There were differences between how the forms were completed online and on paper for this variable:

  • On the online form, only people who gave a New Zealand address in question 5 and were 15 years of age or older were able to respond to the total income question. When forms were completed on paper it was possible for overseas visitors and those respondents under 15 years of age to respond to this question.
  • The online form allowed only one response to be selected for the income question. If a further response was selected, the response given previously disappeared. Multiple responses to this question were possible when forms were completed on paper.

Quality assessment of data and data quality issues for this variable

Overall quality assessment

Moderate: fit for use–- with some data quality issues to be aware of. 2013 Census variable quality rating scale gives more detail.

Issues to note

  • Non-response rates for 2013:
    • Total personal income: 9.7 percent, of which 4.9 were substitute records
    • Total family income: 11.2 percent
    • Combined parental income for couples with child(ren): 8.6 percent
    • Total extended family income: 27.0 percent
    • Total household income: 15.0 percent.
  • Because of high non-response rates, total household income and total extended family income are considered: Poor: fit for use – but use with caution due to some significant data quality issues.
  • Caution should be used when interpreting income data, because of the relatively high percentage in the ‘Not stated’ category.
  • Since family, household, and extended family income are derived from combining total personal income data for all adult members of a family, extended family or household, any missing personal income information affects response rates for total family, extended family, and household income. The total personal income of an absentee cannot be included in the calculation of these variables. Where there was one or more absentee aged 15 years or over, the income for the family, extended family, or household was set to 'Not stated' unless the accumulated income was already $150,001 or more. Likewise, if someone had not stated their income, the income for the family, extended family, or household was set to ‘Not stated’ unless the $150,001 or more threshold had already been reached. This has affected the quality of these variables and care should be taken when using them. The effect becomes more marked as the number of people in the family, extended family, or household increases.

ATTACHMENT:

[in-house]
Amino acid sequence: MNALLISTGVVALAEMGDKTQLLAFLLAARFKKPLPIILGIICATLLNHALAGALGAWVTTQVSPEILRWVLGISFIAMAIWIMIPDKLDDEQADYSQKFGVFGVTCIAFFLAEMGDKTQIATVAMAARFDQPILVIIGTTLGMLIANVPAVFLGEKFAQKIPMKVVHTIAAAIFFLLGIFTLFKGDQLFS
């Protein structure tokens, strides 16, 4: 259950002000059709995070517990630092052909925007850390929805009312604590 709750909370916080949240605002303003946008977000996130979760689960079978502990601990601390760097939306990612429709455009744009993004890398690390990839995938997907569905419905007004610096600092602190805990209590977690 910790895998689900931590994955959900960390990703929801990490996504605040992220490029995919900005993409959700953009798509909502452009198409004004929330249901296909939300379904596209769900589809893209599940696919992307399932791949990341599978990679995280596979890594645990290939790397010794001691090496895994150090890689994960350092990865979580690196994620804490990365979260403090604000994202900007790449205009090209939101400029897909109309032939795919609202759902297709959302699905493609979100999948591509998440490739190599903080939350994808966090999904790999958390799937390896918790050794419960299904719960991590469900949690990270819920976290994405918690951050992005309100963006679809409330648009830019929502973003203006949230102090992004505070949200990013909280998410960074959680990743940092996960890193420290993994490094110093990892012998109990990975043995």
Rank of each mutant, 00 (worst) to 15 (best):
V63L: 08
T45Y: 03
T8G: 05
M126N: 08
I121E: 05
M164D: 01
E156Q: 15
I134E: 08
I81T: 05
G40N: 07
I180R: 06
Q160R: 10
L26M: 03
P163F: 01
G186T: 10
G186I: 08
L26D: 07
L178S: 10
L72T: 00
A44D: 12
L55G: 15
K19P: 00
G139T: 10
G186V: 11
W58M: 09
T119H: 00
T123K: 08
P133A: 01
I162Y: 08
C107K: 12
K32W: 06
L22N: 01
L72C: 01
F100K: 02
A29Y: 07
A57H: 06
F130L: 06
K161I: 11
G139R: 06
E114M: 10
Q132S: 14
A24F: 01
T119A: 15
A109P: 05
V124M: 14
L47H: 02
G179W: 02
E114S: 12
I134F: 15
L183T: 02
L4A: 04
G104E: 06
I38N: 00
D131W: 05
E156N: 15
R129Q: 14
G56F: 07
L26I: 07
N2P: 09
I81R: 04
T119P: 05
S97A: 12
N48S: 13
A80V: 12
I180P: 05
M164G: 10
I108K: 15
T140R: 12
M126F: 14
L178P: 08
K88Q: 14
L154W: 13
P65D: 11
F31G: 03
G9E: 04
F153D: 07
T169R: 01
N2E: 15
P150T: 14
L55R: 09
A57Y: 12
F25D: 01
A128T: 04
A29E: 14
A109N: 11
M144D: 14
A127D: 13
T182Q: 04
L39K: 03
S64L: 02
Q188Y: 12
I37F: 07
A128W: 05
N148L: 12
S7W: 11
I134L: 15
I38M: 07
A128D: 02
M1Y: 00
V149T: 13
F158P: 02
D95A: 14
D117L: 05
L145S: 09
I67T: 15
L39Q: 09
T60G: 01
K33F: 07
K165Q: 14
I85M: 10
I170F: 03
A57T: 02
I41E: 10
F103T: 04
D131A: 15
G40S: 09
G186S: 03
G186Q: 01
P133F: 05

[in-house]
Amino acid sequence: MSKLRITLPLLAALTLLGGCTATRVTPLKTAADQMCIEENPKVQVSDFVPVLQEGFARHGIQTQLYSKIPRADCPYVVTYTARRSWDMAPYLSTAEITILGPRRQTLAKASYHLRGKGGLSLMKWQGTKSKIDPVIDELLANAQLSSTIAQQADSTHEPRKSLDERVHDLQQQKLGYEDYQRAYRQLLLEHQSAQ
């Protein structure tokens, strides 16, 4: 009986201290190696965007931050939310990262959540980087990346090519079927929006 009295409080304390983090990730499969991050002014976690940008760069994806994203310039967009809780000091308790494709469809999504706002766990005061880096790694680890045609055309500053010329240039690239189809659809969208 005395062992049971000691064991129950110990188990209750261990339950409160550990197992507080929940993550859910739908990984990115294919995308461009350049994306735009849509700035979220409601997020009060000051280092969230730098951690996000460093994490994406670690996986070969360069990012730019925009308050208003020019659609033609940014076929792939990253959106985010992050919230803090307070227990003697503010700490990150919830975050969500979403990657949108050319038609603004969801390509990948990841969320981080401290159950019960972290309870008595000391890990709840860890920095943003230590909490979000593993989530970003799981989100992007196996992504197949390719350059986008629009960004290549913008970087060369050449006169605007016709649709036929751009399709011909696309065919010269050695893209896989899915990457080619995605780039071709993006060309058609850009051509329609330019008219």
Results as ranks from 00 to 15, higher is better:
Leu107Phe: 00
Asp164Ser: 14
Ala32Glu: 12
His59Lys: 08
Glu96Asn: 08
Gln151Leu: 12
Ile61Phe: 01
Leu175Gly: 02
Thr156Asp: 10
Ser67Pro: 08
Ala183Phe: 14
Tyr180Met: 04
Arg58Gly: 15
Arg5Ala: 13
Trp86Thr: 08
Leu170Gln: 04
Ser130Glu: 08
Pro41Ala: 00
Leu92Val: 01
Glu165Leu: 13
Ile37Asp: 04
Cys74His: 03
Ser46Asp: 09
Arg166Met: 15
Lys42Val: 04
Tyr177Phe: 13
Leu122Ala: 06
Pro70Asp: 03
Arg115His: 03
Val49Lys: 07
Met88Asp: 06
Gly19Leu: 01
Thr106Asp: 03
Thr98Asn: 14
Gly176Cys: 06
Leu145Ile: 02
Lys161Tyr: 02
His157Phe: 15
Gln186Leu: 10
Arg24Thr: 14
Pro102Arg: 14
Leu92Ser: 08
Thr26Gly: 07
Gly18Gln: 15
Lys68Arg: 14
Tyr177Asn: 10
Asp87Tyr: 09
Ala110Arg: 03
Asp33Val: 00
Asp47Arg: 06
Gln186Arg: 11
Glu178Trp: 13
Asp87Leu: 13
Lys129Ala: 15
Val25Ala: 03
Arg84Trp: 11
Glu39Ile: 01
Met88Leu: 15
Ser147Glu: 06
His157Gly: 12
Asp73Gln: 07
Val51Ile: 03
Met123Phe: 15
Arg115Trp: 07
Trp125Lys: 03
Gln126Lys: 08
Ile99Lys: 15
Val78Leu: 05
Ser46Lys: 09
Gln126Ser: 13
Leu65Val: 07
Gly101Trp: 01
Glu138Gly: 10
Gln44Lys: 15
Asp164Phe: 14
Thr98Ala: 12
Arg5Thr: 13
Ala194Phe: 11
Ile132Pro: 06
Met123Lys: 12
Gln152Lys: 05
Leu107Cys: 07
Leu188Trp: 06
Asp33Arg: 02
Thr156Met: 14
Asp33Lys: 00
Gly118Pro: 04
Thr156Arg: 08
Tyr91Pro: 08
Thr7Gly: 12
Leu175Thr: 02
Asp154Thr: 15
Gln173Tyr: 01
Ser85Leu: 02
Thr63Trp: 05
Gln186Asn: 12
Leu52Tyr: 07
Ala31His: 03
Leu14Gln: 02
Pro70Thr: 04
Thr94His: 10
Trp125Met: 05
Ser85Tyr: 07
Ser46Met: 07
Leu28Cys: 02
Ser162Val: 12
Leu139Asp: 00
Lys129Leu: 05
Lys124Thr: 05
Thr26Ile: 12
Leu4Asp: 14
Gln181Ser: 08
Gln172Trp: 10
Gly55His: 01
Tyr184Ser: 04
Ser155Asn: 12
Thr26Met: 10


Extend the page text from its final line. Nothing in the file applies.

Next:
• High non-response rates can lead to bias in the data. This bias affects the aggregates and the distribution with the proportion of people in low-income bands being under-counted. The bias will mean that the data is not fit for use for certain purposes. Distributional statistics like averages and medians will be biased by the undercount of people in the low-income bands, while disparities at regional or ethnic group level may be understated for the regions and ethnic groups with high non-response rates. Population-based funding models that use income as a variable, and small area regional analysis for territorial local authorities and others, will also be affected by the bias.

For more information on non-response and substitute records, refer to the 2013 Census data user guide.

Comparing this data with previous census data

This data is highly comparable with the 2006 Census data. Changes in the data over this time period can generally be interpreted as real changes. There may be a small component of change over time that is due to minor changes in the collection, definition, or classification of the data.

The changes for 2013 included splitting the $50,001–$70,000 band (to $50,001–$60,000 and $60,001–$70,000) and adding a band above $100,001 ($150,001+).

This data is broadly comparable with the 2001 Census data. Changes in the data over this time period may be partly due to changes in the collection, definition, or classification of the data rather than to real change.

The changes for 2013 included splitting of the $50,001–$70,000 band (to $50,001–$60,000 and $60,001–$70,000) and adding a band above $100,001 ($150,001+).

The changes for 2006 included splitting of the $30,001–$40,000 income band into two: $30,001–$35,000, $35,001–$40,000.

The 2006 and 2013 questionnaires had a note directing people to the help notes to help them determine their income. This note was not present in 2001.